President Obama hosted the first White House Science Fair in 2010, but he didn’t stop there. In 2014 he went on to create the first White House Maker Faire.
A Maker Faire is a celebration of innovation, an explosion of STEAM (STEM + Art). Maker Faires showcase creative innovations that may have practical applications or may simply be appreciated for their aesthetic appeal or entertainment value. For example, a visitor might encounter cars that look like cupcakes, a life-sized game of Mousetrap, real-life Transformer robots, or racing drones. They might also learn to solder, build circuits out of dough, print an item on a 3D printer or be one of the first to see the latest in consumer technology.
The San Francisco Bay area and New York City host America’s largest and most elaborate Maker Faires, but you might be able to catch a Mini Maker Faire in your area.
The National Week of Making
Along with the launch of the White House Maker Faire, President Obama started a new tradition, The National Week of Making. This year it will take place June 17-23. The week itself, which runs Friday to Thursday, is scheduled with the quirky charm of a Maker Faire.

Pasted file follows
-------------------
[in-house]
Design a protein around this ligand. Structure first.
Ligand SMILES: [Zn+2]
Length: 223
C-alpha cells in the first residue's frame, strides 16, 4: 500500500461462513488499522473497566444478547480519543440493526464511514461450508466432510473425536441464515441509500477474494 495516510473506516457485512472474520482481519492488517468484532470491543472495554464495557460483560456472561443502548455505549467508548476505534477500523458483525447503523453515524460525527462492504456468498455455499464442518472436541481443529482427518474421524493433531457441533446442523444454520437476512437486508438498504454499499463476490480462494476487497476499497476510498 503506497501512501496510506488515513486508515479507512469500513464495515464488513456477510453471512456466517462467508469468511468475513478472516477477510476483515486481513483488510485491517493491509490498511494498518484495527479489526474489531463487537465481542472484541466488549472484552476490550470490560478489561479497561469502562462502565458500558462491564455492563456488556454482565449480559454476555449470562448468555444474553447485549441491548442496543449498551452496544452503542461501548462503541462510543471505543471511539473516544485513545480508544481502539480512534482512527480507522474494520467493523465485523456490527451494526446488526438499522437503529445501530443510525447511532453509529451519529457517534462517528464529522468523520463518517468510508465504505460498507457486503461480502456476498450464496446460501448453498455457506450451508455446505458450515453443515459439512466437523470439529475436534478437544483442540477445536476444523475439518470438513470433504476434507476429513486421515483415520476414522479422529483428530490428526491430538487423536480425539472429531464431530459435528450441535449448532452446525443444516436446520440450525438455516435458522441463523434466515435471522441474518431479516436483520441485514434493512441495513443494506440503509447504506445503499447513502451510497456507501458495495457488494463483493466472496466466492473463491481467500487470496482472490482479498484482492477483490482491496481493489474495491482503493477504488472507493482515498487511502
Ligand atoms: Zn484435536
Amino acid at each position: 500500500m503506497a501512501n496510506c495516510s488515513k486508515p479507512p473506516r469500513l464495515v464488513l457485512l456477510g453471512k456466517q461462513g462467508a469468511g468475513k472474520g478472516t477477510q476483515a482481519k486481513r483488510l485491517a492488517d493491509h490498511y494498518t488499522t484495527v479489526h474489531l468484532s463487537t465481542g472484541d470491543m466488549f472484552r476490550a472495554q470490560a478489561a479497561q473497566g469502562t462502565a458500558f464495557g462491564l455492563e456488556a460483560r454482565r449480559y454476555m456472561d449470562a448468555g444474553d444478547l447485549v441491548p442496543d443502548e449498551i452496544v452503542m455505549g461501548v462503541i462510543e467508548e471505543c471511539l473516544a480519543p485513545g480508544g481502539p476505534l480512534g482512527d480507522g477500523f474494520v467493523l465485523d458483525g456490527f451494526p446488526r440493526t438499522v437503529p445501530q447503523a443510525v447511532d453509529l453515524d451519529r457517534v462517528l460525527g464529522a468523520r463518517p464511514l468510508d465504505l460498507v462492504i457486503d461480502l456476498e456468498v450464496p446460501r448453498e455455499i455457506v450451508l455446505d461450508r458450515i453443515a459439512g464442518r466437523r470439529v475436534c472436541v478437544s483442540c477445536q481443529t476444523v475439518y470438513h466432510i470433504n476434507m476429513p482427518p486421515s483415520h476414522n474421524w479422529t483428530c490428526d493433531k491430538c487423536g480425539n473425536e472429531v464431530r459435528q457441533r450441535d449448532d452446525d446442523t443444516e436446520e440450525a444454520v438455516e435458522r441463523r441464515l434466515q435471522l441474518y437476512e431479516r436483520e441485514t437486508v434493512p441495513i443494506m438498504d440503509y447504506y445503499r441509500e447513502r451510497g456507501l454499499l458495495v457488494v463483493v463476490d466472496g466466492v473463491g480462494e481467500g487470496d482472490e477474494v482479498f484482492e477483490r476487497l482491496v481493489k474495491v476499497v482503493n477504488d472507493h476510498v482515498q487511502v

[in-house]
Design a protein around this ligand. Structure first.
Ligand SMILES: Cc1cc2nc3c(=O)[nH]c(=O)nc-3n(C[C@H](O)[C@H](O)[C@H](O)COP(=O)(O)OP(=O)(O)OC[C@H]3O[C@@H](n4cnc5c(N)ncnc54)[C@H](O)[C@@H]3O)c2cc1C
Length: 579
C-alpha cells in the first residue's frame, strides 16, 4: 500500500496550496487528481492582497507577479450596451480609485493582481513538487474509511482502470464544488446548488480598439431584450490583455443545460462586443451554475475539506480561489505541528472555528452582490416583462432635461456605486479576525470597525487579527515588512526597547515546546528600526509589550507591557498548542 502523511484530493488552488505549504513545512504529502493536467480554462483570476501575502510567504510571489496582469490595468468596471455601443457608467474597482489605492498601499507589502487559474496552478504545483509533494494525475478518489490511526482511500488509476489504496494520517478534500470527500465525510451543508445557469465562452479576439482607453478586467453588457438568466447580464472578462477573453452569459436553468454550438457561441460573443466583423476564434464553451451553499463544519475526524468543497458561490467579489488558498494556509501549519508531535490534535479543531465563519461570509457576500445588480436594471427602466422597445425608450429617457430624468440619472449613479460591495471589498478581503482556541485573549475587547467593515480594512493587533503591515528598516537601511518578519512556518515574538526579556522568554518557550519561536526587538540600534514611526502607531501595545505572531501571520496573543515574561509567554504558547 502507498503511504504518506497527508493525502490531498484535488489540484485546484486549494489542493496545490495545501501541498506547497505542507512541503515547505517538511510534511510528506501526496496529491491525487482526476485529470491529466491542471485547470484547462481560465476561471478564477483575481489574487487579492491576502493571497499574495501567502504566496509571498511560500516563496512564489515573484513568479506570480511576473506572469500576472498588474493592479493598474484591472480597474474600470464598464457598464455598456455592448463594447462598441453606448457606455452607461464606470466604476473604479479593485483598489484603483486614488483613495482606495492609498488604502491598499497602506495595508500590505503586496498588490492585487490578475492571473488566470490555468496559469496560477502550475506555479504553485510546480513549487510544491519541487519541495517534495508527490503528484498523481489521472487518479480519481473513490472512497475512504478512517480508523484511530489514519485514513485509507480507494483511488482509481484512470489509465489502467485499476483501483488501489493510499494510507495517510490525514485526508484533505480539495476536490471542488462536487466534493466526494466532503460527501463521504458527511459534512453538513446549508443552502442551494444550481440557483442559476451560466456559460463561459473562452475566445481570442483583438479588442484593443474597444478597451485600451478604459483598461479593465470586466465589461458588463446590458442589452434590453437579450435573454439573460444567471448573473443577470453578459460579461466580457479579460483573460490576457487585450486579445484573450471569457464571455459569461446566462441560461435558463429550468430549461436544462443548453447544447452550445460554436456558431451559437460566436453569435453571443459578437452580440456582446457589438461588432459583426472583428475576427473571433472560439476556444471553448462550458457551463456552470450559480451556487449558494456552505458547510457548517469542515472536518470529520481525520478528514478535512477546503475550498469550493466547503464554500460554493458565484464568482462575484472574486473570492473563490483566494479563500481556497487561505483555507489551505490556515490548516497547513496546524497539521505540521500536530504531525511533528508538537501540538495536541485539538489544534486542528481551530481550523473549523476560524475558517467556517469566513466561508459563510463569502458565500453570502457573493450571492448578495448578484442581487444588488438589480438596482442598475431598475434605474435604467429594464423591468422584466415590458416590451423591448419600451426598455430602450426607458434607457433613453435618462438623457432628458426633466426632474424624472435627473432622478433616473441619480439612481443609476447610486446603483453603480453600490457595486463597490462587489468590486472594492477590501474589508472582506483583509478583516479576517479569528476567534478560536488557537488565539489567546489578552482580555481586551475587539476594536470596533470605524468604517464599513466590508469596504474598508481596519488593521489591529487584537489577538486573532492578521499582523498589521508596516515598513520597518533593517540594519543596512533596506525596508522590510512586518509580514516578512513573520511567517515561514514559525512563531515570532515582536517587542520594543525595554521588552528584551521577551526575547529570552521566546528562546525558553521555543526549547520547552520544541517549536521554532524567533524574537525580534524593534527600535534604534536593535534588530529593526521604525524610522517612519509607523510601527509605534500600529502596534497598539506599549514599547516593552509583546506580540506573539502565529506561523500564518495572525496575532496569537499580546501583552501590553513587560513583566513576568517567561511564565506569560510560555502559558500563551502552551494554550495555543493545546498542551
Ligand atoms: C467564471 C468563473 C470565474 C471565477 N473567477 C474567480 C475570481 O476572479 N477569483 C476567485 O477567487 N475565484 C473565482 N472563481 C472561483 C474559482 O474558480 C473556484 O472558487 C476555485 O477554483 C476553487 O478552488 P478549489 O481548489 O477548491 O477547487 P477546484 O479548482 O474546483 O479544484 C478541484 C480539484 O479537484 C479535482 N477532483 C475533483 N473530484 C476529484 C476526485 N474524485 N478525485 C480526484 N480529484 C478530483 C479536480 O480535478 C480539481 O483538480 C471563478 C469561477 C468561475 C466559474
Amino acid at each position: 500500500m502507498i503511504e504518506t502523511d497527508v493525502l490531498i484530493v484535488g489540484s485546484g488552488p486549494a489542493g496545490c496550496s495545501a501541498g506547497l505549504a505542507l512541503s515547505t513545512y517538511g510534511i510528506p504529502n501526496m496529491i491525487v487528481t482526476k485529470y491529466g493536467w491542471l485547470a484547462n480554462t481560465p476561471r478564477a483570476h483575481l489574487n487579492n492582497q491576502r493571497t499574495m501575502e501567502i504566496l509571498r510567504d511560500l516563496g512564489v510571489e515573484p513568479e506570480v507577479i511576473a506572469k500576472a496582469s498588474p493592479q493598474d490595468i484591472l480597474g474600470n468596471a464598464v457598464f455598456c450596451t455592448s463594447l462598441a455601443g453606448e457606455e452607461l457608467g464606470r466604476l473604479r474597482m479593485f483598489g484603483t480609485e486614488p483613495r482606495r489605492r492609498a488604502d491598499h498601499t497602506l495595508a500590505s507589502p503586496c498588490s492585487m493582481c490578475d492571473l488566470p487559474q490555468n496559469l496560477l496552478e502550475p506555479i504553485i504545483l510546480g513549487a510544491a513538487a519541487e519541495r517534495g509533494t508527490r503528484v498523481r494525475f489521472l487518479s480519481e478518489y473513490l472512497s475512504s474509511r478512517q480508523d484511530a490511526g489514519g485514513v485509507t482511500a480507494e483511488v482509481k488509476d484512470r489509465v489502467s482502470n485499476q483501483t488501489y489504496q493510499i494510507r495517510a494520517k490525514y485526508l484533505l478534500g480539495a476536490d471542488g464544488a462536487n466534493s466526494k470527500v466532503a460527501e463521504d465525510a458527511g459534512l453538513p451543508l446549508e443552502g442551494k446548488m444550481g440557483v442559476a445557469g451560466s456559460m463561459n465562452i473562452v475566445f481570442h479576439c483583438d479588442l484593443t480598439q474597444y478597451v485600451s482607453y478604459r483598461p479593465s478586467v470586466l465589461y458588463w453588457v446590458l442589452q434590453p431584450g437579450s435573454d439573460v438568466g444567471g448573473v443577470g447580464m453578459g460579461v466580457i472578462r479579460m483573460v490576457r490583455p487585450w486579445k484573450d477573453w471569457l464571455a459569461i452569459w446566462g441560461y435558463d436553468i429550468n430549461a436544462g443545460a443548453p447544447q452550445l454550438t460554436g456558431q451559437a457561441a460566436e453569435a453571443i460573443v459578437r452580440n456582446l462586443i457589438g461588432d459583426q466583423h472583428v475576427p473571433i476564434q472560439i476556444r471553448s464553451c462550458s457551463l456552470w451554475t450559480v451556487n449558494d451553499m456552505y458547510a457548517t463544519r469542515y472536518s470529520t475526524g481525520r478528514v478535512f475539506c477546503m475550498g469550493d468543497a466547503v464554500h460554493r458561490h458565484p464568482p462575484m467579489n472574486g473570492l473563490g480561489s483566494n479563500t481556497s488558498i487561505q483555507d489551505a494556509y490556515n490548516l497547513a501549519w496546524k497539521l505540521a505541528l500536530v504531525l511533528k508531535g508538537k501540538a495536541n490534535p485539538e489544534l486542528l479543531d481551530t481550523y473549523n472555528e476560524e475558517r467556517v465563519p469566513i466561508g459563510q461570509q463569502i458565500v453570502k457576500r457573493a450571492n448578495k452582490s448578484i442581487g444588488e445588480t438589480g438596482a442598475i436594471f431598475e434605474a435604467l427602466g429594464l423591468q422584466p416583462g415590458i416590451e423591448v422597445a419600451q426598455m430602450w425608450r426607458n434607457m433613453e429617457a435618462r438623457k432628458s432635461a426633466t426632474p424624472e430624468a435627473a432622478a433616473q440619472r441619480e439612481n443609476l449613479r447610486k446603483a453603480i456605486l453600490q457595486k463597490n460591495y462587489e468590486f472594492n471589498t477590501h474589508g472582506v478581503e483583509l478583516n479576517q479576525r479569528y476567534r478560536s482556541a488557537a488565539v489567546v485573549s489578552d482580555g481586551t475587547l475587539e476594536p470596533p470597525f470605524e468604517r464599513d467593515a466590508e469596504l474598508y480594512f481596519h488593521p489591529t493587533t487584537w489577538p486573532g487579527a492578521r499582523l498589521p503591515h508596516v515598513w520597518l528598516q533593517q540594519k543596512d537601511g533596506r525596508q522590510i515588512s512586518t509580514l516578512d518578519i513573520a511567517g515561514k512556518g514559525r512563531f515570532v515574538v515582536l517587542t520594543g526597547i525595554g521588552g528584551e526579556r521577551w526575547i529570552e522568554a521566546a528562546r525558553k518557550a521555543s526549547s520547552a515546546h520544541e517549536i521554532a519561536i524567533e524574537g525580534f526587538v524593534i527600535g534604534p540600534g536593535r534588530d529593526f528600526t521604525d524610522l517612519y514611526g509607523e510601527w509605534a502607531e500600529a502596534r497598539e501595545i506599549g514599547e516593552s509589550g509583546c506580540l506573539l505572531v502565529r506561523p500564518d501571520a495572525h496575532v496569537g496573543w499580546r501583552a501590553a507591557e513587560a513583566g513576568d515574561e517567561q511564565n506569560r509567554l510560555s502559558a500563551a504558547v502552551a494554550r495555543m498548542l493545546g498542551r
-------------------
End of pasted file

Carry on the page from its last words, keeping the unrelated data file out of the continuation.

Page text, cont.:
The #WeekofMaking is designed to celebrate tinkerers, inventors and entrepreneurs of all ages. Of course, there will be a National Maker Faire, but it will take place on June 18 and 19 at the University of the District of Columbia Van Ness Campus rather than at the White House. The DC event is poised to become our country’s third flagship Faire.
Celebrate at Home
You don’t need to head to DC for maker fun. You can play along at home. Share your projects, insights, and commitment to being a part of the Nation of Makers. Nominate someone as a Champion of Change, an American who works to advance technology and educational opportunities.
If your school is still in session, turn your classroom into a temporary makerspace. What better way to use up remaining (and not quite complete sets) of school supplies? If school is out, connect with a local library or makerspace to celebrate and help foster a Nation of Makers. Share your event here, or find something near you!
Personal commitments are welcome, too. Tackle an electronics project, build yourself a new bookshelf, embroider that scarf you intended to finish over Winter Break. Check out Instructables, DIY Kids, Make Magazine or Pinterest for inspiration and get busy making!
Join the national Maker Movement by submitting your project here.